Today marks World Refugee Day. Today is a reminder for us to think about the 15 millions of people who aren't as lucky as we are, those mothers, fathers and children who can't go back to the homes they were forced to flee and loved ones they had to leave behind.
Today marks the 18th anniversary since the status "refugee" was bestowed upon me, my family and millions of others, who crossed the borders into neighbouring countries following the devastating Rwandan genocide.
On the verge of entering teenage-hood, I fled my home country amid bullet shelling and bombs. From the moment I crossed over into Zaire, what is now DR Congo, life, as I knew it, changed. I became a statistic, a person "forced to flee their homes due to persecution, whether on an individual basis or as part of a mass exodus due to political, religious, military or other problems." I went from being a carefree pre-teen girl, troubled by the usual puberty boy problems, to lining up alongside tens of thousands of fellow refugees to get a pack of maize flour and a box of biscuits.
At 12 years old, my world went from skipping rope with friends to jumping corpses of the victims of the cholera epidemic that lined the streets of Goma.
Oftentimes on this day, I find myself looking back at the life I've had and how I got to where I am now.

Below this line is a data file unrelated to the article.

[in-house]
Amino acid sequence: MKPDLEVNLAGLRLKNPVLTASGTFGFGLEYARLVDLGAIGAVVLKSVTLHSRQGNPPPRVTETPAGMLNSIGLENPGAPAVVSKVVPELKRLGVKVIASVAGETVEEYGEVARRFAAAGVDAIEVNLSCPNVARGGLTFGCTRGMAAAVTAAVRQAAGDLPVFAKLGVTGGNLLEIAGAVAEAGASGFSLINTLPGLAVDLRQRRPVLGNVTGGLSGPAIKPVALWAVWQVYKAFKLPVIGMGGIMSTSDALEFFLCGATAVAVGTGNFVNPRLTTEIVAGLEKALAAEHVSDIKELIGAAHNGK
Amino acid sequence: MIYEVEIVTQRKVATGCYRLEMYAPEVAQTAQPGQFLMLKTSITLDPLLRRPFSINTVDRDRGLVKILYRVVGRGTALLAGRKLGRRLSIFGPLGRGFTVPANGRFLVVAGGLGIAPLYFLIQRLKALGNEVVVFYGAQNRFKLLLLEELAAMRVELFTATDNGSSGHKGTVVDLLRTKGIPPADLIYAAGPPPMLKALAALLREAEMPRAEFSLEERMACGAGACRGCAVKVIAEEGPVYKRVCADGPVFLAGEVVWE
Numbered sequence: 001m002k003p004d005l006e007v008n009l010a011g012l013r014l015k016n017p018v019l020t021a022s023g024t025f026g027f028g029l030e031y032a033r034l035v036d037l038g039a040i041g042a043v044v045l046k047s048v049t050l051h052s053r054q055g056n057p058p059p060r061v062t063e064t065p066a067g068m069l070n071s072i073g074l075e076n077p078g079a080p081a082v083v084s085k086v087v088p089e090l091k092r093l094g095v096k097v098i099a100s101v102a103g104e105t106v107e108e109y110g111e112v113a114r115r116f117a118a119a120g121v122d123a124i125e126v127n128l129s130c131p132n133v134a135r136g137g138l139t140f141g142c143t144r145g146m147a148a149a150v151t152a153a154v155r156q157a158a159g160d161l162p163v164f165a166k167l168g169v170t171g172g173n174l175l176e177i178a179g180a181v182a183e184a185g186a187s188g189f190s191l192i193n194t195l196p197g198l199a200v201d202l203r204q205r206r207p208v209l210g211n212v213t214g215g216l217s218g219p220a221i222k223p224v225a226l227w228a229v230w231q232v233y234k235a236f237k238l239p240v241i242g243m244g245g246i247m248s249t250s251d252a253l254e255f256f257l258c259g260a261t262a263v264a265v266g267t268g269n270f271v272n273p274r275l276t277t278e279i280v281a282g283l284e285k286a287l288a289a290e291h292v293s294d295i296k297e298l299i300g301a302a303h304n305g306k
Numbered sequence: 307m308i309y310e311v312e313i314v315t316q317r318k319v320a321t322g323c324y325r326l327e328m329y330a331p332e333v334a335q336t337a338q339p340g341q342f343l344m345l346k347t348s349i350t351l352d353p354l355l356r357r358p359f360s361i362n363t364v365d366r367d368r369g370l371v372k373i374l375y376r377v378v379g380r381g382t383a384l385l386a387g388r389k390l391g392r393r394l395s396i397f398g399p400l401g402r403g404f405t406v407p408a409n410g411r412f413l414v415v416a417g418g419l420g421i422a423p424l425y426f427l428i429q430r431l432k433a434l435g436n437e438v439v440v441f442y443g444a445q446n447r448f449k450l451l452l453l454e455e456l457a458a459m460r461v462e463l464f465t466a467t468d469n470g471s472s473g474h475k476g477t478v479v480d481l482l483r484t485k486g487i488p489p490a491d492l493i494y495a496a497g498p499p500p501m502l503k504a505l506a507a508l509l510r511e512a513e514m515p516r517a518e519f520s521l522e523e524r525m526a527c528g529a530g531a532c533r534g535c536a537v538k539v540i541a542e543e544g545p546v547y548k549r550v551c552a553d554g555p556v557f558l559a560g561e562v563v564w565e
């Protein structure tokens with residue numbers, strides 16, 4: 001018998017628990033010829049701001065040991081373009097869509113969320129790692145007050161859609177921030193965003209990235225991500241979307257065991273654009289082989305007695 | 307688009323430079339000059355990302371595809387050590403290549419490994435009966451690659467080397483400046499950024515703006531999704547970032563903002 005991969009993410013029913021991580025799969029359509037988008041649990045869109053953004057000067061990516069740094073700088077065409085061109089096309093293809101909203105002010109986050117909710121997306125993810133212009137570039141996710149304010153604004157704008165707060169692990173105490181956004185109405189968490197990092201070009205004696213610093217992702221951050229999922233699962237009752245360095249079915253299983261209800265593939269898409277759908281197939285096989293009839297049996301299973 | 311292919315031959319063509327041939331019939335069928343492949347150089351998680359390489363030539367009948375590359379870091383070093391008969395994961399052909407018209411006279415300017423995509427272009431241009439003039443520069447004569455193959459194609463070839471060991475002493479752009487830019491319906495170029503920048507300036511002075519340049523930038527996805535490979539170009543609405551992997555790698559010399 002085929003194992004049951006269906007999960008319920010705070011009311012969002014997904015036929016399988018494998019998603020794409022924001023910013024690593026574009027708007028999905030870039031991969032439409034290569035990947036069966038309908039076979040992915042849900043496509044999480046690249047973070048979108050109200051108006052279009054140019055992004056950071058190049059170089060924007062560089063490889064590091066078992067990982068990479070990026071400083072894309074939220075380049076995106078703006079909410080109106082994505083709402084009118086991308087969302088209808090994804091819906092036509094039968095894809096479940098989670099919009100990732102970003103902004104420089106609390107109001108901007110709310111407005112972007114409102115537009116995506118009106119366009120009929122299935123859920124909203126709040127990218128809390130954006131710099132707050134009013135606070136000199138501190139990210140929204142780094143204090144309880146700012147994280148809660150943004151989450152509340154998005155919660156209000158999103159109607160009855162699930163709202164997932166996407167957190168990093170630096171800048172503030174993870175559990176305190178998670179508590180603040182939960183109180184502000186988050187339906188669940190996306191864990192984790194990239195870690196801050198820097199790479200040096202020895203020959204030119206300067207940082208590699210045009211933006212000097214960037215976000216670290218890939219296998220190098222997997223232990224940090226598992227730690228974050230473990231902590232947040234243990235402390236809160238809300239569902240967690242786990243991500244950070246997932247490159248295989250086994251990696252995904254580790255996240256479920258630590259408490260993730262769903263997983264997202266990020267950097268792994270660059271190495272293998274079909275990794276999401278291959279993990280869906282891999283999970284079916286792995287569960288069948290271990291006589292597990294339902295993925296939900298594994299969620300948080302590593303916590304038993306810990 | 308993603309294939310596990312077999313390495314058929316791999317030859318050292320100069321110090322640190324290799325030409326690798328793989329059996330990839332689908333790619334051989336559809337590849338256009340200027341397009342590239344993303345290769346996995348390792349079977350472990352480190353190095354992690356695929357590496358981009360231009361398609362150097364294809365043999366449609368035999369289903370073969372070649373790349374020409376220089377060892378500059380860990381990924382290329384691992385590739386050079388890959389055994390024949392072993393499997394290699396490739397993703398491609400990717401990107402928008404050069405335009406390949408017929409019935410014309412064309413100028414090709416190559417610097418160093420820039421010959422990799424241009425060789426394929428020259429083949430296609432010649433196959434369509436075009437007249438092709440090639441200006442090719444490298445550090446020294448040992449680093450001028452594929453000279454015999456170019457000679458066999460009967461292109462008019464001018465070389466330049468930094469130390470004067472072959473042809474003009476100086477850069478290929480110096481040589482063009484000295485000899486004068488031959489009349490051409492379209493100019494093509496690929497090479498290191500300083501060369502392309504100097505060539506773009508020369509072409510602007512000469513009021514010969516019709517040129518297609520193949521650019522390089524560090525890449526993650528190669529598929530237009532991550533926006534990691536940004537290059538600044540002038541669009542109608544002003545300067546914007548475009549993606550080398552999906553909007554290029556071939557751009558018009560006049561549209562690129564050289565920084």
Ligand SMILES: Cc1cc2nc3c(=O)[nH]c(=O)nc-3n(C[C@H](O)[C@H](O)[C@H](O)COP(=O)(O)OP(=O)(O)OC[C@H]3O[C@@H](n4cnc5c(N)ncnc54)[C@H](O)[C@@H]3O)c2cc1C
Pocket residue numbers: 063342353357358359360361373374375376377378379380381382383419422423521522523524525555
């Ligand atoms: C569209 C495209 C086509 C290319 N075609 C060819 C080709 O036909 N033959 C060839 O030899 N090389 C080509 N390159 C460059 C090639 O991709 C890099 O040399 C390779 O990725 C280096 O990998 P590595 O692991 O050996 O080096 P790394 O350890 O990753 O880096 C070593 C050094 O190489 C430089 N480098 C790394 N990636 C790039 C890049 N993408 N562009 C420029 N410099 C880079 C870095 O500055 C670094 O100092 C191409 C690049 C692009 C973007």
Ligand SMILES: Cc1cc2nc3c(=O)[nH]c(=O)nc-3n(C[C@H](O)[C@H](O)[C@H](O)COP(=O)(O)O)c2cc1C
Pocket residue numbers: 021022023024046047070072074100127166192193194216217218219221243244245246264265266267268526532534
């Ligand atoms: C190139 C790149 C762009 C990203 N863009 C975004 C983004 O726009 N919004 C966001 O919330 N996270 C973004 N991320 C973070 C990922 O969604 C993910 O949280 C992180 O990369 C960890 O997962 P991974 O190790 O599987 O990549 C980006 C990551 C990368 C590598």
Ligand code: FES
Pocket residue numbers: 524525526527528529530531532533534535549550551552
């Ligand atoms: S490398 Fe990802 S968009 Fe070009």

As a young girl in Kenya, when faced with the fact that we couldn't go to school, a group of us formed a dance troupe and on June 20 1995, the then Kenyan Culture minister requested us to perform at the World Refugee Day celebrations. Under the blistering and scalding African sun, eight young refugee boys and girls entertained guests and spectators, happy for the chance to show our culture and traditional dance in a country that had yet to accept and recognise us as refugees.
We had no school and food was scarce, but blessed with the heart and mind of youth, we soldiered on and just dealt with the situation as it was. We may have been young and most likely, at times, seemed untroubled to the outside world, but we never forgot things could get worse. We always remembered where we were and those who had it worse than we did.
My luck turned when in 1997 I was given given a chance to a better life after the UN re-settled my family in Norway, on a cold December day. I say I've been lucky because it's only a few that get a shot at finding a secure home away from home.
But no matter how far my journey's taken me and the three amazing countries I call home, the sense of truly belonging has always seemed to elude me. I'm safe now and owner of dual nationalities, but no matter what I do or become, where I live and however the UN defines me, I still feel like I don't belong anywhere specific. The sense of "otherness" that comes with being a refugee has never left me, even after finding that sanctuary, that haven that I now call home.
As the world becomes more global, I would urge world leaders and citizens alike, as I did in my speech at the UN General Assembly in 2005, to commemorate this day and use it to shine a light on situations and conditions so many of our fellow humans are living through. Only then can we honour the 1951 Convention and start working to right the unjust circumstances.
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